Hard To Find And Hard To Beat

Restaurant: The Orchard Market & Cafe offers something unusual in this area -- Persian food

June 06, 1999|By ELIZABETH LARGE | ELIZABETH LARGE,SUN RESTAURANT CRITIC

The Orchard Market & Cafe is one of those rare examples where location, location, location doesn't have much to do with success.

I defy anyone to find this restaurant easily. I've been there half a dozen times and still usually miss the turn onto Orchard Tree Lane from Joppa Road. (Hint: it's immediately east of that other Orchard restaurant, M. Gettier's Orchard Inn.)

But somehow over the decade that the Orchard Market has been in business, it's built a devoted clientele, who are happy to come to a storefront in a strip shopping mall for Persian dishes like garlic eggplant chicken and aash soup. A storefront without a liquor license, no less.

When it opened in 1990, the Orchard Market was a Middle Eastern market, with a few cafe tables for those who wanted to eat there. But the shelves of exotic ingredients and deli counter have disappeared; more tables, wall hangings and a little fountain have taken their place. It's now a pretty restaurant with an extensive menu of traditional and nouveau Persian dishes.

This is the restaurant that introduced that sublime combination of chicken, pomegranate molasses and ground walnuts called fesenjune to Baltimore. The Orchard Market also makes this classic Persian dish with duck, which I like even better than the chicken. The thick sauce is more tart than sweet and intensely flavorful. The Orchard Market's version is prettily decorated with raisins, currants and a few curls of slivered carrot.

I like the sauces here almost more than the meats. Dried-plum lamb has a fragrant tomato-based sauce with undertones of citrus and pomegranate. It works beautifully with the soft, prunelike dried plums and rounds of butternut squash. The chunks of lamb are very tender, but they seem almost secondary to all the other good flavors.

And then there's the tangy, fresh-tasting yogurt and coriander sauce that goes so well with a thick, moist fillet of salmon. Toasted almonds and grilled tomatoes and onions add even greater interplay of flavors.

With all these artful combinations and seductive tastes, I wouldn't bother with the kebabs at the Orchard Market. Not that there's anything much wrong with the grilled marinated beef or chicken. But by ordering them you're missing dishes you simply can't get elsewhere in Baltimore.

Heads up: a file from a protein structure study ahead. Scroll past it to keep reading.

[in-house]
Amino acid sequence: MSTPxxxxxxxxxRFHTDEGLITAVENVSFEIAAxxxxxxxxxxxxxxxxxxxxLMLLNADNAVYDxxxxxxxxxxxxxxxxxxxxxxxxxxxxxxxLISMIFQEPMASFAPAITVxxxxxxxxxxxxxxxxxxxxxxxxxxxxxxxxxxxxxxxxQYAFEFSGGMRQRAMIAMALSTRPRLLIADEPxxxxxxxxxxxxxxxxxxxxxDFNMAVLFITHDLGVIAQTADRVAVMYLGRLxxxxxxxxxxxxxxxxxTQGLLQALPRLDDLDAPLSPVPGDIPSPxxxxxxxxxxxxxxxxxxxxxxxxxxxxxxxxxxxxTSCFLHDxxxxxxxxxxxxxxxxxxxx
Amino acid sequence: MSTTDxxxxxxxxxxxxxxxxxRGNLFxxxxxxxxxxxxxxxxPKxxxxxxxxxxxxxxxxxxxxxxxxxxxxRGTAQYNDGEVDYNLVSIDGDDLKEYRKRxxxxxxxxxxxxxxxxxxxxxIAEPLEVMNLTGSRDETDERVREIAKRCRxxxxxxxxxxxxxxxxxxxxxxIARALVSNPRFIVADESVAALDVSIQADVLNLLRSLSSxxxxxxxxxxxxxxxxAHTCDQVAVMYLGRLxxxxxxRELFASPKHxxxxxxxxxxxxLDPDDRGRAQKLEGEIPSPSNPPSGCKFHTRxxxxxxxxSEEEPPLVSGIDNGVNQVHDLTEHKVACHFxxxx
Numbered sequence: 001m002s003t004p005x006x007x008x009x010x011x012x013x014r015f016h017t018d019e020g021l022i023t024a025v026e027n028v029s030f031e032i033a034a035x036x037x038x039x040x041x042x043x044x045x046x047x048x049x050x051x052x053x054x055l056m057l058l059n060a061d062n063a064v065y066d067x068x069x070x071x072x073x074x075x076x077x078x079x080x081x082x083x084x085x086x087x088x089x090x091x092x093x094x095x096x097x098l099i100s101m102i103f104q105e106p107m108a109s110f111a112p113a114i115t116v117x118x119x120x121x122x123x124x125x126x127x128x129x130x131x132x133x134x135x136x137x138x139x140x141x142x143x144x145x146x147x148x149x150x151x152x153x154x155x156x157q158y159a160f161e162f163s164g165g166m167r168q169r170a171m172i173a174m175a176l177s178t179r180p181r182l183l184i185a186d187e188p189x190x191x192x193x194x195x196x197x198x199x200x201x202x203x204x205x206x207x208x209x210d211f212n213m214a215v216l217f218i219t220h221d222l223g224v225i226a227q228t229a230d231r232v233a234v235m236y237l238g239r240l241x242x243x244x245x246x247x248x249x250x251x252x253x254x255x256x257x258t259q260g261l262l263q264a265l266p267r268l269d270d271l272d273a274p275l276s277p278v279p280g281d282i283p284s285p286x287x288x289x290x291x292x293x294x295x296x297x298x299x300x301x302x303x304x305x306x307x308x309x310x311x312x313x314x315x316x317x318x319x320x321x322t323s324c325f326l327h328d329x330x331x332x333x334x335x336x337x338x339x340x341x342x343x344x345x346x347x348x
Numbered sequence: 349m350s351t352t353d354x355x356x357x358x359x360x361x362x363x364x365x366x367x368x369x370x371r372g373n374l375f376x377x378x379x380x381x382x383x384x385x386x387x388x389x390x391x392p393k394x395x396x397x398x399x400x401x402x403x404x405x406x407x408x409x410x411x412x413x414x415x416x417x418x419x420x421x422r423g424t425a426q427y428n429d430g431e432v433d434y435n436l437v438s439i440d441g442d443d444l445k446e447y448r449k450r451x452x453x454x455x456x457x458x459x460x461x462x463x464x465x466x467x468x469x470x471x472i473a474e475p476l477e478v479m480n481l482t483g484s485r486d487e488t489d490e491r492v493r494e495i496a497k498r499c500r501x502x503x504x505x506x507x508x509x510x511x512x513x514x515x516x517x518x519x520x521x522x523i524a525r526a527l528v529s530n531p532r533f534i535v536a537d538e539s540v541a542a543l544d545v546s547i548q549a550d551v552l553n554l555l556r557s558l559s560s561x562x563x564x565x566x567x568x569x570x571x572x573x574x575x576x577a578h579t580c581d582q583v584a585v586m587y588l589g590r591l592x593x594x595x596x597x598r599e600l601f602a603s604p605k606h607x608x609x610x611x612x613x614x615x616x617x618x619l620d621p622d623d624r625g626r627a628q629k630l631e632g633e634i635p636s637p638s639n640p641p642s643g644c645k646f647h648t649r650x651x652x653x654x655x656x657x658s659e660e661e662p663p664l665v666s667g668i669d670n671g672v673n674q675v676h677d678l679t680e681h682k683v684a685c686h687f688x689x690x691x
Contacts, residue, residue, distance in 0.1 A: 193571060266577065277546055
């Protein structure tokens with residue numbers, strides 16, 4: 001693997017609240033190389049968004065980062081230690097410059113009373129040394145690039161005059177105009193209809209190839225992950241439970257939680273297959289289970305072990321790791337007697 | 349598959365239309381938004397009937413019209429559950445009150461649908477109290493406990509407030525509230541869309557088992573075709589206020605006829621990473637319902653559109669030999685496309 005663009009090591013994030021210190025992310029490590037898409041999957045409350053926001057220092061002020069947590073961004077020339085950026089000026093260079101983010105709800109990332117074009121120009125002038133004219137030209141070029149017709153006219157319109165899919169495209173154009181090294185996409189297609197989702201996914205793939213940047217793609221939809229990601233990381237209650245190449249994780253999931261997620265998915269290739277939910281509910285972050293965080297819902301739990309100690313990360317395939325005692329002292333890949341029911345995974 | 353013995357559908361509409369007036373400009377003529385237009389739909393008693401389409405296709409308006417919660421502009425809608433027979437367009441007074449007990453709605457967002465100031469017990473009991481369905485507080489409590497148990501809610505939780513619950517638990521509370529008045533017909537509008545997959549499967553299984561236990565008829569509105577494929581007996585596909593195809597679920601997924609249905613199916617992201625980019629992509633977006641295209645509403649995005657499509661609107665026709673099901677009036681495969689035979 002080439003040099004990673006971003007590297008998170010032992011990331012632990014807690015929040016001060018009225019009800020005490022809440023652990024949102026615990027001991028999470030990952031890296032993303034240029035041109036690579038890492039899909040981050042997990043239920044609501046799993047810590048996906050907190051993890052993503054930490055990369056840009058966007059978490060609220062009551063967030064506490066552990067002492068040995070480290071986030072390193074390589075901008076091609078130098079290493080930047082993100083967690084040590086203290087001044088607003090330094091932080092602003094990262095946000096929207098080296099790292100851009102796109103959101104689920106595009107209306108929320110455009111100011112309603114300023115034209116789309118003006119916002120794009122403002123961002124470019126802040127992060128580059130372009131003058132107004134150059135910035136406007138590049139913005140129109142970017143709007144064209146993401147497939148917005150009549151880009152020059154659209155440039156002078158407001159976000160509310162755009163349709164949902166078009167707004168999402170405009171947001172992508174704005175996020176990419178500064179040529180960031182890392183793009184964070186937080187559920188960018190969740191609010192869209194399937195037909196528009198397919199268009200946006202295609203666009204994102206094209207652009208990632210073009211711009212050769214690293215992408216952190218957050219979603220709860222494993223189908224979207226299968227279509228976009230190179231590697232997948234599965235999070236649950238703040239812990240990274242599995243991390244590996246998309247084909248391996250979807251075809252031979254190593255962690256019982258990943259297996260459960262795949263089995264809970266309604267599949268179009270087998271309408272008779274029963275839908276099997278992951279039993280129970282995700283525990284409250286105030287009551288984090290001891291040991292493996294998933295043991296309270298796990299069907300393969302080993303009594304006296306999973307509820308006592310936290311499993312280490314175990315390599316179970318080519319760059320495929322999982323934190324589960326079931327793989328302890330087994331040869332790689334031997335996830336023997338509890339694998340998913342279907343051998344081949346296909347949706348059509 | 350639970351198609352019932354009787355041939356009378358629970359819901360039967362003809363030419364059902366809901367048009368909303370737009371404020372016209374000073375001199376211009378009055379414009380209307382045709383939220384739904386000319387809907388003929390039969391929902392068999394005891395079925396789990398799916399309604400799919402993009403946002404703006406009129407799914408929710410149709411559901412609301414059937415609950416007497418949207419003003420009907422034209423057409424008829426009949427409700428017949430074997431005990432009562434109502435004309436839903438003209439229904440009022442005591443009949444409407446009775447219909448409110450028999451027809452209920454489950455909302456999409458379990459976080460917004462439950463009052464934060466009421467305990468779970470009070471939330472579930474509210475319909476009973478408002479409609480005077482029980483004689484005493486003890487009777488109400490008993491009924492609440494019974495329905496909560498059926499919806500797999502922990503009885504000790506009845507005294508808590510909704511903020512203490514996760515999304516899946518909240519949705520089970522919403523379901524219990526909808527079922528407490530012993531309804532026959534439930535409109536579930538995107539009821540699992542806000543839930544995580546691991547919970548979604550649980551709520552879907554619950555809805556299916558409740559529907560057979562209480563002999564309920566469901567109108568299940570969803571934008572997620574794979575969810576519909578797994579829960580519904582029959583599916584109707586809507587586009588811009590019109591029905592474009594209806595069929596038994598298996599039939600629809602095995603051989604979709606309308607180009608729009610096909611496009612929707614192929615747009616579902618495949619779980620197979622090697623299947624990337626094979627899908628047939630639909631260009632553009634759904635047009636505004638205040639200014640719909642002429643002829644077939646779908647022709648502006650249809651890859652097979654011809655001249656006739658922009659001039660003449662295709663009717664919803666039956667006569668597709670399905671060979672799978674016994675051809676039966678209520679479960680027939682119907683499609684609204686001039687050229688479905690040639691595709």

The same advice goes for the appetizers. Of course, the safe thing is to order something traditional like hummus, and it's OK. But you could have shrimp sauteed with onions and a tart mango chutney, or sauteed tomatoes, onions and soft cubes of feta cheese with an intriguing garlic- and saffron-tinged sauce. Aash -- made with lentils, kidney beans and noodles -- is a thick, deeply satisfying soup. So why start with something you can get at any Middle Eastern eatery?

Orchard Market has good salads, although the waiter should have warned us that cantaloupe would be substituted for the pear in the mango-pear salad. Still, the combination of ripe slices of mango and melon with a mix of greens, feta cheese and pomegranate vinaigrette was remarkably refreshing.

Once, the Orchard Market & Cafe had Middle Eastern desserts beyond baklava, such as Turkish delight and rosewater ice cream. But nowadays if you don't want the deliciously sticky sweet baklava, you'll have to settle for rich Western bakery cakes and pastries, like a dacquoise made with meringue and buttercream or a death-by-chocolate cake. Or you could plan to bypass dessert and attempt to finish the mound of basmati rice that traditionally comes with every Persian dinner. I never come close.

ORCHARD MARKET & CAFE

Food: ***

Service: ***

Atmosphere: ***

Where: 8815 Orchard Tree Lane

Hours: Open every day for lunch and dinner, brunch on Sunday

Prices: Appetizers, $3.50-$7.95; main courses, $10.95-$15.95

Call: 410-339-7700

Rating system: Outstanding: ****; Good: ***; Fair or uneven: **; Poor: *

Pub Date: 06/06/99

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